As December gets underway it seems that there are just not enough nights on the calendar for all the holiday festivities we are invited to enjoy. There can be office parties for both spouses, neighborhood get-togethers for holiday cocktails, holiday parties with your children's youth groups, cookie exchanges with friends, and the list goes on. We don't have enough nights in December to squeeze in everyone. And that's why this year I'll be hosting a Christmas season brunch for a group of my friends.
My husband and I belong to a group that does volunteer work at our church. Several times throughout the year we all get together with our families for large parties. Over the years it's become increasingly difficult to find a December evening that we can all fit onto our calendars. So this year we decided to plan a brunch instead.
The nice thing about our parties with this group is that we all share the work and expense. The hosting family usually coordinates what the other families will be bringing to the party right down to the beverages, breads and party goods. The only other additional requirement for the hosting family is to make sure their home is completely decorated for Christmas, even if the party is held the first weekend in December!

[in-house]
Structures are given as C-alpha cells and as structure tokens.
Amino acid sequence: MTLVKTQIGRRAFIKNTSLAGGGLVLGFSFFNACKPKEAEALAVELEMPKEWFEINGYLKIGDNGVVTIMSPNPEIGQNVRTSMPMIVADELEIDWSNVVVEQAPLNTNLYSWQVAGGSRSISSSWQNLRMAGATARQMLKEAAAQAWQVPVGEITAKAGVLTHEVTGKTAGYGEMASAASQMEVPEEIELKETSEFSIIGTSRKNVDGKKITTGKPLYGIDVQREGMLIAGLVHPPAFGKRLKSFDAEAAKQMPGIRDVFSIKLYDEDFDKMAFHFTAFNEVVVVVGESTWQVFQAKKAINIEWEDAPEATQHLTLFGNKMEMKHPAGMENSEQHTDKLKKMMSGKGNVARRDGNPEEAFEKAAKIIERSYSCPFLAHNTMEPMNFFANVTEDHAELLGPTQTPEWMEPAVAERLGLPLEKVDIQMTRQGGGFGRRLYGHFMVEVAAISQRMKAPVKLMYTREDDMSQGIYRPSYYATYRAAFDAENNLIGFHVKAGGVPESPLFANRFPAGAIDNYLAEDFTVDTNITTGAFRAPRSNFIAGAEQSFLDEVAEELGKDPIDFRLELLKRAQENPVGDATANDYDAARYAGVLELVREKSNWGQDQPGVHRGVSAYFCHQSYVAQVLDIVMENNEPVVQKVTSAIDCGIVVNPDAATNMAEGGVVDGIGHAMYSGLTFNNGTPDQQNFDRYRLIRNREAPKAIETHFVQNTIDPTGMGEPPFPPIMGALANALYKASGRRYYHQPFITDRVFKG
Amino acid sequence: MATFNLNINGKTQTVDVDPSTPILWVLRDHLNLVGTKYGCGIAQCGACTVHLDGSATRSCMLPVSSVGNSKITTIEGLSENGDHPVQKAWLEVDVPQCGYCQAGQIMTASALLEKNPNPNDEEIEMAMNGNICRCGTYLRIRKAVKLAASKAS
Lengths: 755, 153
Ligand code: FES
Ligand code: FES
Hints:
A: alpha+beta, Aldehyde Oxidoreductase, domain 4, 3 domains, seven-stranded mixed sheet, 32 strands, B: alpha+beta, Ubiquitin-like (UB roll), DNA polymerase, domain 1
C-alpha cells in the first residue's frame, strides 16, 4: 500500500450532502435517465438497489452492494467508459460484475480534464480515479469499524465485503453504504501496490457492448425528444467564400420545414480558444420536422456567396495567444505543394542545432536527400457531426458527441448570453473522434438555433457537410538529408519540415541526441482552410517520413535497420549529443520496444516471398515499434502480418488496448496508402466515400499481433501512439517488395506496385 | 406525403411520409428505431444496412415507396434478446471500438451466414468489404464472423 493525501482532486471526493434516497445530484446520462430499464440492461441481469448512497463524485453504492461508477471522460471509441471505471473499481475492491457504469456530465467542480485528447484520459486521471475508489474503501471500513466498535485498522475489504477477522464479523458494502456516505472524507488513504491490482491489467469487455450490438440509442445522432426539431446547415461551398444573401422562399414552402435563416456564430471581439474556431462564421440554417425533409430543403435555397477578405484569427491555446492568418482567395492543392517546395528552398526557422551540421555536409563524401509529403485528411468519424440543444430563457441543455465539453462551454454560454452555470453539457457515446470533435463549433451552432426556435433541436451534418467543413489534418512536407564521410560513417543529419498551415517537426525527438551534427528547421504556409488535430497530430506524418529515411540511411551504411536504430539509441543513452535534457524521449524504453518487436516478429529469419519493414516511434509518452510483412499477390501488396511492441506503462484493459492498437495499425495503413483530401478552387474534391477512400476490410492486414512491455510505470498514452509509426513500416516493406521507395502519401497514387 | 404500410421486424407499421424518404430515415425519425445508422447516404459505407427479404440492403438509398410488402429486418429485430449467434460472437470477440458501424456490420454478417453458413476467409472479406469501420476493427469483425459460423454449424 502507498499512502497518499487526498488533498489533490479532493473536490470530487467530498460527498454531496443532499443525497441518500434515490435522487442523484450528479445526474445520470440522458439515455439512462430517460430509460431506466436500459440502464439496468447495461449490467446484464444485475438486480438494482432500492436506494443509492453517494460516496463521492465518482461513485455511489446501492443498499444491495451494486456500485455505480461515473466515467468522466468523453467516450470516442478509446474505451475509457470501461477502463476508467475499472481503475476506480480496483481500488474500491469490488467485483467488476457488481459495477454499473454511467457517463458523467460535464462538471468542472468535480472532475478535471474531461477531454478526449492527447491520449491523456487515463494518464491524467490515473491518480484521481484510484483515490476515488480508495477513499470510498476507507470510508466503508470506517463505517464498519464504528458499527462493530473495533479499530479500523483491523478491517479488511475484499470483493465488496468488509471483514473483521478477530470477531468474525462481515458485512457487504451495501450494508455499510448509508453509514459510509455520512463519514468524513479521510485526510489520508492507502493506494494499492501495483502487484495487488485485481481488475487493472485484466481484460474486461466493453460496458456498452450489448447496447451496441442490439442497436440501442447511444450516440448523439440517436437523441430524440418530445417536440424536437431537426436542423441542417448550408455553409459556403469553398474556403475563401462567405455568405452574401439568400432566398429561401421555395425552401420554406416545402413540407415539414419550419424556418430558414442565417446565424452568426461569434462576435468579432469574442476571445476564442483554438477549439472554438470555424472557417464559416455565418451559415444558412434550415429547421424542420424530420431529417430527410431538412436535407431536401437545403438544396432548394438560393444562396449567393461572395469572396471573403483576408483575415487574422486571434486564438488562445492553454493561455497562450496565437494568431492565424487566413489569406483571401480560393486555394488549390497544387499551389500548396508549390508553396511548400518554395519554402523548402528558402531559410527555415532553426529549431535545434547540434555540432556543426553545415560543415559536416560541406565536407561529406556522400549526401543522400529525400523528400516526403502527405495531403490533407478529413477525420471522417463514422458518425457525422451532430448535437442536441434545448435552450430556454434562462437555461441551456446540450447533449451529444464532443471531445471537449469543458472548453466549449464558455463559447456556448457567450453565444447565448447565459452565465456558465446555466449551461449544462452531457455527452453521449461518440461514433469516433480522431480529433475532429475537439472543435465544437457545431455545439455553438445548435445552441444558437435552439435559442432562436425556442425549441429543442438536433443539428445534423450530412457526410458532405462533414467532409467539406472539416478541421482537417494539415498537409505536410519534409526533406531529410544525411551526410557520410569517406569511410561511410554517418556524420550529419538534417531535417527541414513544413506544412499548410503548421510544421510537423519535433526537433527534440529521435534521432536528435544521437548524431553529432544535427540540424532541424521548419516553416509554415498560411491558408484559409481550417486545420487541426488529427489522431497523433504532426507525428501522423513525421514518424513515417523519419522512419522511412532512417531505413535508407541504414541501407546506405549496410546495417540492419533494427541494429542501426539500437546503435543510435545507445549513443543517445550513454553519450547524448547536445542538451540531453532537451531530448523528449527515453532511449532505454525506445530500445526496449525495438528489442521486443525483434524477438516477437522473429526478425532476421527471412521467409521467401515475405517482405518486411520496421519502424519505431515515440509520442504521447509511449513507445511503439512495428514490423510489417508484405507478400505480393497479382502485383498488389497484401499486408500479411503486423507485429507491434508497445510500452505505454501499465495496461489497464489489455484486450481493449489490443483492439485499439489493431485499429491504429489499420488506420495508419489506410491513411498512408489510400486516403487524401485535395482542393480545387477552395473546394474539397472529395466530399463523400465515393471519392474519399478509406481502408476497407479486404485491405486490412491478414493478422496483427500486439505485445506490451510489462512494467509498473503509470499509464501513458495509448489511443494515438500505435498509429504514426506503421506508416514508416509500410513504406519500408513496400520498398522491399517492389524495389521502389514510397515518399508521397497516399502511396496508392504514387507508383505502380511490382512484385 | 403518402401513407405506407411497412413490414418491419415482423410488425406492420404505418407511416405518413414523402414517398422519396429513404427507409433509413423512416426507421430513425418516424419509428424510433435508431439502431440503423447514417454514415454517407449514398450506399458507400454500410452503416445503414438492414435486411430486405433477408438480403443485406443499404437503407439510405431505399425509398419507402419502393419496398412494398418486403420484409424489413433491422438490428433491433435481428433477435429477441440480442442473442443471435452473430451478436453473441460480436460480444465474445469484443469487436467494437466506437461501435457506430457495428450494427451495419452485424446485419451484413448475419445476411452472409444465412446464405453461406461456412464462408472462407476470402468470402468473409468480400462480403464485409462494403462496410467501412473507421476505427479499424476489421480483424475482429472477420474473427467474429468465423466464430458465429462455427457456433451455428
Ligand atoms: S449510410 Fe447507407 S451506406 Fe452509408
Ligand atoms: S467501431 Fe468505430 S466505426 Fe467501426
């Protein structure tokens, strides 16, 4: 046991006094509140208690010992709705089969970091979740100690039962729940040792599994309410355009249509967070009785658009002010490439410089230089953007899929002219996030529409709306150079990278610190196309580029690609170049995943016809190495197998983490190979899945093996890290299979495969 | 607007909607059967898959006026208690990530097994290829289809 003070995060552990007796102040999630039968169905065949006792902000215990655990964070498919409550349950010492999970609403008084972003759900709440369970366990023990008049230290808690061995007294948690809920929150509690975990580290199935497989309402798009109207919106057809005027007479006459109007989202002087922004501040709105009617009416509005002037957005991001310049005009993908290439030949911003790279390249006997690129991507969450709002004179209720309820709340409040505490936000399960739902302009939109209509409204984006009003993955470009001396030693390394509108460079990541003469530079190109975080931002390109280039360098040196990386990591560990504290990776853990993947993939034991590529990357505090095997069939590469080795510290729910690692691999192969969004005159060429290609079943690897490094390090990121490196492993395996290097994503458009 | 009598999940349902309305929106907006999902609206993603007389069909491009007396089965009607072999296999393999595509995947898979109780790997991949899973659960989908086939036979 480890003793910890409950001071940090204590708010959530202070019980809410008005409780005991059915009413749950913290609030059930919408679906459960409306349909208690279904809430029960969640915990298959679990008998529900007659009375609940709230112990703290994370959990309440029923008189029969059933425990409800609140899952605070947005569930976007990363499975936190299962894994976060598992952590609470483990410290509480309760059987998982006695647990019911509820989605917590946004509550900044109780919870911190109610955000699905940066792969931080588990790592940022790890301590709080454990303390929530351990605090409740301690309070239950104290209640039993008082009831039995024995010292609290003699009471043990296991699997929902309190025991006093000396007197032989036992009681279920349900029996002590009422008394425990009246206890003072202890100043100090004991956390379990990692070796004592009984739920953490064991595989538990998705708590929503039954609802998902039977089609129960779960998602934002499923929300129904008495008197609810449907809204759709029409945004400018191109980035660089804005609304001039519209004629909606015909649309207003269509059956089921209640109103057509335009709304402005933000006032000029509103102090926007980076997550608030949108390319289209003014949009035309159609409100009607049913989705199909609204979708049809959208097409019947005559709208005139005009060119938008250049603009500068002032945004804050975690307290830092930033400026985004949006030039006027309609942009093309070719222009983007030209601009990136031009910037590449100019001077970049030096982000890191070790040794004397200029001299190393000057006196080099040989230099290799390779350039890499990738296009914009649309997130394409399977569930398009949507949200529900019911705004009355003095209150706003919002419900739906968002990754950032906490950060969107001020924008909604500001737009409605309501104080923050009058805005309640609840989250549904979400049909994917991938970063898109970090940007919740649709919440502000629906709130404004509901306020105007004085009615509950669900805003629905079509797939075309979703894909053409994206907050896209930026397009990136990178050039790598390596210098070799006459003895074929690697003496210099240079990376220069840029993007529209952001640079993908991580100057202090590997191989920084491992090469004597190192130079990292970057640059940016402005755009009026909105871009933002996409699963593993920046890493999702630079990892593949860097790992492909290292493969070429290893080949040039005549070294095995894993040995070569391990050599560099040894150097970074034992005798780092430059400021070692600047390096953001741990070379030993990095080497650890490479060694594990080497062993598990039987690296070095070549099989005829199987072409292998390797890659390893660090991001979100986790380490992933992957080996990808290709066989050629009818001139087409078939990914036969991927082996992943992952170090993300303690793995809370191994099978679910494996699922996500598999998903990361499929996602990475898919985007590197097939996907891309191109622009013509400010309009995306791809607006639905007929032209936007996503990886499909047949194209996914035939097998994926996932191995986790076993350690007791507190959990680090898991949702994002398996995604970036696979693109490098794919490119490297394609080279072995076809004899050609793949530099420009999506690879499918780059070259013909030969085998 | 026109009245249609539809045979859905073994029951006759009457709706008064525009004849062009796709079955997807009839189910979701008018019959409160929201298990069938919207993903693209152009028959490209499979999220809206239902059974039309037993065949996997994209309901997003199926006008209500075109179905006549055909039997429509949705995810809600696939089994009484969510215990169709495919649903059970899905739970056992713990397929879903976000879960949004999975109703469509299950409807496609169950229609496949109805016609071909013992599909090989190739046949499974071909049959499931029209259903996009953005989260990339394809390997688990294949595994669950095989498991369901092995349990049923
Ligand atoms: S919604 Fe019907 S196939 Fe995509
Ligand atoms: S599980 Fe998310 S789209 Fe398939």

Tips for the Hosting Family
- Plan the menu in general terms such as food categories (eggs, muffins, etc.) and quantities of each.
- Assign each family the category they would most enjoy preparing.
- If necessary, give each family two assignments, such as a casserole and juice, or muffins and party goods. Distribute assignments with an eye toward equalizing expense and effort.
- Avoid any dishes that require last minute work beyond reheating. That includes scrambling eggs, flipping pancakes and omelets made to order.
- Plan foods that will travel well such as egg casseroles or baked hams.
- Ask that items be brought over ready-to-serve. For example, if someone brings bagels or rolls they should slice them in advance.
- Request that your guests bring over the appropriate serving pieces for their contributions. If you'd prefer to coordinate the serving pieces yourself, make sure you know exactly what will be required so they can be set out on the buffet table ready to be filled when your guests arrive.
- Review your menu to be sure there will be food that appeals to the littlest members of the group (usually not a problem at a brunch)